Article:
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Are You a Tourist or Pilgrim?

May 5, 2017

 

You can go to Nepal as a tourist or a pilgrim. Depending on which, you will not arrive at the same place. Pilgrimage makes demands. So I was reminded over dinner in Brooklyn recently by a Buddhist filmmaker from Scotland.

 

Many modern spiritual seekers are dabblers, disengaged from the study and disciplines of a given tradition. Experienced Burners decry “Burner Virgins” who attend Burning Man as tourists. They are considered frat boys on a road trip. There is much more to be found there than nudity and alcohol.

 

Charles Taylor speaks of New Copernicans’ spiritual seeking as the “nova effect”: “an explosion of options for finding (or creating) ‘significance.’” Religious seeking today finds a vast array of options all of which seem more fragile because of their proximity and frequency. For this reason, the distinction between tourists and pilgrims matters.

 

A pilgrimage is not wanderlust, tourist curiosity, or Disney distraction, but a decided journeying for the purpose of spiritual seeking. The Celtic tradition gave it a Latin name, peregrinatio, which means the “voluntary abandonment of home and kin for ascetic purposes.”

 

There are four things that characterize a pilgrim:

  1. Longing – The pilgrim is motivated by a sense of lack or need. The pilgrim is haunted by the fear of missing out and wanting to connect with a deeper reality and a larger sense of meaning. Pascal said that there are two kinds of people: those who seek and those who do not. It is a truism of ancient wisdom that “Only seekers find.”

  2. Community – Often the pilgrimage is a solitary journey, but it's often enriched by others who share their stories along the way. Arduous walking and fascinating storytelling are essential ingredients of pilgrimage. Seth Godin reminds us that those we travel with not only make the journey more interesting, but also make it more meaningful. He writes, “It’s because being surrounded by people on the same journey as you causes you to level up. Your path forward is pretty simple: Decide on your journey and find some people who will cause you to level up.” There is spiritual value in company.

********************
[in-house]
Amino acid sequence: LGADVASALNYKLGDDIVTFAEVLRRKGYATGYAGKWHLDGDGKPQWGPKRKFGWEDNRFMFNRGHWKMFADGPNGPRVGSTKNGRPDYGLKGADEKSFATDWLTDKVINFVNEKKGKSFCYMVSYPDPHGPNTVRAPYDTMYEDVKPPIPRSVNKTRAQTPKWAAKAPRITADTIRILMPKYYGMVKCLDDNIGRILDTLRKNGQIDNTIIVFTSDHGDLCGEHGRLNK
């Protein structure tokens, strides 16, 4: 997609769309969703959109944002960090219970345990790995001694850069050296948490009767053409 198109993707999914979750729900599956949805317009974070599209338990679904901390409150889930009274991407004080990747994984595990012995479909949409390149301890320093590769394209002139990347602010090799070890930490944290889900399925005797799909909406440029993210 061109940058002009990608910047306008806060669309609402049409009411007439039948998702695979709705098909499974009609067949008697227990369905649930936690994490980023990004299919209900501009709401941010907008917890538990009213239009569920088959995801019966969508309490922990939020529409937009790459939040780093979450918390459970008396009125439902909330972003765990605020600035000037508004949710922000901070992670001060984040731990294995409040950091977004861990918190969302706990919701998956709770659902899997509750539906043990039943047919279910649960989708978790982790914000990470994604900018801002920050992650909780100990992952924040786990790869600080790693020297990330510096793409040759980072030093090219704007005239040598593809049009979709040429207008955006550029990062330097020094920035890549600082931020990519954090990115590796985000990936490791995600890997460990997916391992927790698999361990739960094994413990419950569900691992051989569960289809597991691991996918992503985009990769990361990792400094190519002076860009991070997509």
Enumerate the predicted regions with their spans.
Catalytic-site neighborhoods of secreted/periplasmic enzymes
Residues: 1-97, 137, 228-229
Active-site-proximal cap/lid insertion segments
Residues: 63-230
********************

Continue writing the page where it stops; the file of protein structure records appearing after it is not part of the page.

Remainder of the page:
3. ­Experience – Pilgrimage demands going somewhere, usually a place that is arrived at with some difficulty. Pilgrimage involves mud, rain, and cold—the kind of elements that test one’s resolve and makes the arriving all the more sweet. Moreover, this is not a head-trip, but one that involves the entire body. The foot blisters and sore muscles are an intrinsic part of the process. Pilgrimage is a holistic experience and is not something one can read in a book. The journey is the “thin place,” the liminal threshold that one must cross.

  4. Reflection – Finally, pilgrimage involves self-reflection, connecting one’s personal story to the current journey. This involves more than a quick selfie. It requires journaling and retelling one’s story through the lens of the pilgrimage experience. It means embodying the liminality of the pilgrimage.

 

New Copernicans understand the language of pilgrimage, the open-ended seeking for a new world and a larger story. Do not substitute a faux cruise for a real adventure. Spiritual authenticity begins with the pilgrim process.

 

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